The Tech - Online EditionMIT's oldest and largest
newspaper & the first
newspaper published
on the web
Boston Weather: 64.0°F | Partly Cloudy

Freshmen Take Writing Placement

By Eva Moy
Associate News Editor

Forty-one percent of the approximately 1060 students who took the Freshman Essay Evaluation last Friday received a passing grade, according to Leslie C. Perelman, coordinator for the Writing Requirement.

The essays are good indicators of writing ability, said Perelman. "The scoring was really precise," he added, referring to the many changes to the reading and grading systems.

Under the new grading system, two percent of the tests were graded as "conditional mechanical," and 4.7 percent were "conditional sentence structure." These students must attend a workshop or a tutoring session to convert their scores into passing grades.

A "not acceptable" grade was given to 36.5 percent of the freshmen essays, and an additional 15.8 percent were judged "not acceptable/writing subject recommended," according to Perelman.

Students receiving a not acceptable rating must either submit a paper to the writing requirement office or take a writing subject that fulfills Phase I, Perelman said. These include Expository Writing (21.730), Writing and Experience (21.731), Introduction to Technical Communication (21.732), and Expository Writing I and II for Undergraduates: English as a Second Language (21.333 and 21.334).

Freshmen with a writing subject recommended grade are urged to register for a writing class first term.

A conditional mechanical rating was given for writing which is generally good but has problems with punctuation or subject-verb agreement, for example, Perelman said. Students can pass Phase I after individual tutorial sessions at the writing center with Perelman, he said.

A conditional sentence structure grade indicates prose that is awkward or difficult to understand, he said. These students need to attend a two-hour workshop teaching "techniques for writing more effective prose," he added.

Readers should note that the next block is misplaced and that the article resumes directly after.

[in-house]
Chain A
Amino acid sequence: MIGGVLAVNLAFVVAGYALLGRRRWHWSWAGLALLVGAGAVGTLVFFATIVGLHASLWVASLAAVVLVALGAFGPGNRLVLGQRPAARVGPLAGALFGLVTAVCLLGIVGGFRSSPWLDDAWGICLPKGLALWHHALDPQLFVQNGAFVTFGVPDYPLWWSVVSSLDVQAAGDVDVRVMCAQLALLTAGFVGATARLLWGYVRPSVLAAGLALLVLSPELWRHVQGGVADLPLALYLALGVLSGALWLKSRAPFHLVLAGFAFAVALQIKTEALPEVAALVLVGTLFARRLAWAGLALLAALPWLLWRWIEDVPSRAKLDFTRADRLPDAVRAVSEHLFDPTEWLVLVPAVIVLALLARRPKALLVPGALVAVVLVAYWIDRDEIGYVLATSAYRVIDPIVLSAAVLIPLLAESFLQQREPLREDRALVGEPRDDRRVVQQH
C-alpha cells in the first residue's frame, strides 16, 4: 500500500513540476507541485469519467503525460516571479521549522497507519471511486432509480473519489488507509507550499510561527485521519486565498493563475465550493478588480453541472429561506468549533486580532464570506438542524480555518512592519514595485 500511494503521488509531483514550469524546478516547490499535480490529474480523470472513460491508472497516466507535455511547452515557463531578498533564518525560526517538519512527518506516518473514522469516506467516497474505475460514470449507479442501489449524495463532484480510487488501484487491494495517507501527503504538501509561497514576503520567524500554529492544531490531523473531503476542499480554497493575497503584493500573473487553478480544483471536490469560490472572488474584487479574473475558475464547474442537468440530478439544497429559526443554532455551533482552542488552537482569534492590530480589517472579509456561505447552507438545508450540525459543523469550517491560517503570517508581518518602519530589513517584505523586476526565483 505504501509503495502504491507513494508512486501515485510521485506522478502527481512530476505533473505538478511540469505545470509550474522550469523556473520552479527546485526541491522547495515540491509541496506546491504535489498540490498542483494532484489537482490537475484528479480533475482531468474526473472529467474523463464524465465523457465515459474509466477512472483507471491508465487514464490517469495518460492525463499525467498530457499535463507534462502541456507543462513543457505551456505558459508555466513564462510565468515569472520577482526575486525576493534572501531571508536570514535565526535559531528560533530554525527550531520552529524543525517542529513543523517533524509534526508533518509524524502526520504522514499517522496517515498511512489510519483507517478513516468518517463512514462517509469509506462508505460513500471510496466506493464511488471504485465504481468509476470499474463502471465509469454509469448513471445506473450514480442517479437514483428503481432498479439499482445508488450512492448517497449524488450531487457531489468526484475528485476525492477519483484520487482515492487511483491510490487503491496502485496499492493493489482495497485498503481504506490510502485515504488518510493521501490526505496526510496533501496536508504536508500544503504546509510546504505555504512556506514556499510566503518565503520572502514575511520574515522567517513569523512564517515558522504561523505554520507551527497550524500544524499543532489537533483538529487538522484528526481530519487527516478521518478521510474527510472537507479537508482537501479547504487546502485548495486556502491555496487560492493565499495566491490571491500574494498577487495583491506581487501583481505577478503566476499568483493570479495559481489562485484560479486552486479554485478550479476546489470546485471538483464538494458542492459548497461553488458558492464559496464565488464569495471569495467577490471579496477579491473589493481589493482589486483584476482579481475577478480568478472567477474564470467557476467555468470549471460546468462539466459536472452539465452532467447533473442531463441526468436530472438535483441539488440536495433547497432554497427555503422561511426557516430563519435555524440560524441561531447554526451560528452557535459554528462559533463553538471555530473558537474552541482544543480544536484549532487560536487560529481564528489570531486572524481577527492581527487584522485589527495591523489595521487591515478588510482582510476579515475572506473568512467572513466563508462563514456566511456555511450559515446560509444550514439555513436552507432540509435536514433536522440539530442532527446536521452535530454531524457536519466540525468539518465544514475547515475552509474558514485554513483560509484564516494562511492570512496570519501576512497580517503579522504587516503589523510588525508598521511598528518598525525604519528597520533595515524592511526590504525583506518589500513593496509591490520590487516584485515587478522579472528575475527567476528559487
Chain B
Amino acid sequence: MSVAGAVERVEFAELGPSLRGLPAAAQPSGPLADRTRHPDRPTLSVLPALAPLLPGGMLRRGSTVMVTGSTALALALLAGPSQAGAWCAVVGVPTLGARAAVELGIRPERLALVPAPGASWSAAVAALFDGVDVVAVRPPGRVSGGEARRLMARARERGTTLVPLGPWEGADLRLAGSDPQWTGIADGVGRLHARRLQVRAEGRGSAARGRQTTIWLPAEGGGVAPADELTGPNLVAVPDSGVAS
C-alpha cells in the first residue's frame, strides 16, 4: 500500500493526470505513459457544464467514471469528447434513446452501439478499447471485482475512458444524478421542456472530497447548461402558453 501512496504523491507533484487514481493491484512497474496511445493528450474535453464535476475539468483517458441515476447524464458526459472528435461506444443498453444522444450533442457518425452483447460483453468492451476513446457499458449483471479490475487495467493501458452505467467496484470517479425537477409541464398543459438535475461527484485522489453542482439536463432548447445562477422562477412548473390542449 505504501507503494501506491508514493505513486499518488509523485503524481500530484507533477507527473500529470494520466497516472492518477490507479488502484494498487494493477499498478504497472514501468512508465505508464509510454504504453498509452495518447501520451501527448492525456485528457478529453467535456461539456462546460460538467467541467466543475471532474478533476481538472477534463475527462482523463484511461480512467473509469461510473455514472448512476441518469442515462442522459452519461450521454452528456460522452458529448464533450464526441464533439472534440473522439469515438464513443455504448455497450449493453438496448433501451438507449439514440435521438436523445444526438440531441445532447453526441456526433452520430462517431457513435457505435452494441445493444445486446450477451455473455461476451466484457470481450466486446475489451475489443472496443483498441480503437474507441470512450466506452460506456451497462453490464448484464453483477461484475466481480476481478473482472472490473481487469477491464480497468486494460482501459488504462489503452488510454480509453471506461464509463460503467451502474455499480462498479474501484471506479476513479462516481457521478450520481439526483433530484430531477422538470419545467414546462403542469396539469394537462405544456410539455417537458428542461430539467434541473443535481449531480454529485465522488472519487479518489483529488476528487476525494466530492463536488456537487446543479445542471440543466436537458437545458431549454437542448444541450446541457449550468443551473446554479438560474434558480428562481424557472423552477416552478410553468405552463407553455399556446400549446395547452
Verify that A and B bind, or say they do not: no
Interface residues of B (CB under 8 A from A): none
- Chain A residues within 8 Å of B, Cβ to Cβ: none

Each of the essays was read by two readers, who are professional writers teaching at MIT and other area schools. The mean of the normalized scores was 70 out of 100, with a standard deviation of 10. A faculty committee decided that scores of 72 or higher would pass and chose to grant a few conditional passes, Perelman said.

"I hope the experiment succeeds, and next year we'll expand the number of conditionals," Perelman said.

Students who have not yet taken the exam will be tested on Nov. 5.

ESL exam also offered

In addition to the FEE, international and bilingual students had the option of taking an English as a Second Language test, according to Associate Professor of Foreign Languages and Literature Suzanne Flynn.

The exam is used to determine whether to "recommend that they take a class in ESL," she said.

The exam has three parts -- the FEE, listening comprehension, and a grammar component, Flynn said. The results are evaluated independently from those of the writing requirement.

The "response was good this year," she said, citing that 142 students took the exam voluntarily. She added that although statistics are not yet available, the results are close to that of previous years.